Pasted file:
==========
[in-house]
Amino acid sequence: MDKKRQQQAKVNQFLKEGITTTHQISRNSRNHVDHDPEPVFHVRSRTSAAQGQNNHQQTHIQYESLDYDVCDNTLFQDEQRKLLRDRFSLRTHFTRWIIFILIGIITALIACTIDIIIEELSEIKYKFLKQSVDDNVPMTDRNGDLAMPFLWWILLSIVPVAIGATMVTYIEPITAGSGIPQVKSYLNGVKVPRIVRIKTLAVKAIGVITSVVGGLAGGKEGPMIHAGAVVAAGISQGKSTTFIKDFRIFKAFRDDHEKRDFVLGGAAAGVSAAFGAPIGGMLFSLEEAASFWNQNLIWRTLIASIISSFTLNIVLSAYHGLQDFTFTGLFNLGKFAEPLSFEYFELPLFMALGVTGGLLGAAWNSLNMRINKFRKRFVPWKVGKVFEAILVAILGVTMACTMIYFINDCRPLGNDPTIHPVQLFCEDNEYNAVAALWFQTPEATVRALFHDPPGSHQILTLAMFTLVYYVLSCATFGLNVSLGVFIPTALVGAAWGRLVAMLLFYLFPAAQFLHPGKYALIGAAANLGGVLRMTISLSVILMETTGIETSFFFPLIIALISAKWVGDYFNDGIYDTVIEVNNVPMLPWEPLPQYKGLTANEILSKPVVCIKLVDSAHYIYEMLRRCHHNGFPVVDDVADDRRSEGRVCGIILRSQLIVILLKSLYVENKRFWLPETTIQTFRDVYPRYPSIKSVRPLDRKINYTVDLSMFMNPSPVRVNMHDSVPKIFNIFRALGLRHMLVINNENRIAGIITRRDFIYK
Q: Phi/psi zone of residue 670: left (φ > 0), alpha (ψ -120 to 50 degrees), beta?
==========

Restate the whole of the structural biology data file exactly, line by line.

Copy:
[in-house]
Amino acid sequence: MDKKRQQQAKVNQFLKEGITTTHQISRNSRNHVDHDPEPVFHVRSRTSAAQGQNNHQQTHIQYESLDYDVCDNTLFQDEQRKLLRDRFSLRTHFTRWIIFILIGIITALIACTIDIIIEELSEIKYKFLKQSVDDNVPMTDRNGDLAMPFLWWILLSIVPVAIGATMVTYIEPITAGSGIPQVKSYLNGVKVPRIVRIKTLAVKAIGVITSVVGGLAGGKEGPMIHAGAVVAAGISQGKSTTFIKDFRIFKAFRDDHEKRDFVLGGAAAGVSAAFGAPIGGMLFSLEEAASFWNQNLIWRTLIASIISSFTLNIVLSAYHGLQDFTFTGLFNLGKFAEPLSFEYFELPLFMALGVTGGLLGAAWNSLNMRINKFRKRFVPWKVGKVFEAILVAILGVTMACTMIYFINDCRPLGNDPTIHPVQLFCEDNEYNAVAALWFQTPEATVRALFHDPPGSHQILTLAMFTLVYYVLSCATFGLNVSLGVFIPTALVGAAWGRLVAMLLFYLFPAAQFLHPGKYALIGAAANLGGVLRMTISLSVILMETTGIETSFFFPLIIALISAKWVGDYFNDGIYDTVIEVNNVPMLPWEPLPQYKGLTANEILSKPVVCIKLVDSAHYIYEMLRRCHHNGFPVVDDVADDRRSEGRVCGIILRSQLIVILLKSLYVENKRFWLPETTIQTFRDVYPRYPSIKSVRPLDRKINYTVDLSMFMNPSPVRVNMHDSVPKIFNIFRALGLRHMLVINNENRIAGIITRRDFIYK
Q: Phi/psi zone of residue 670: left (φ > 0), alpha (ψ -120 to 50 degrees), beta?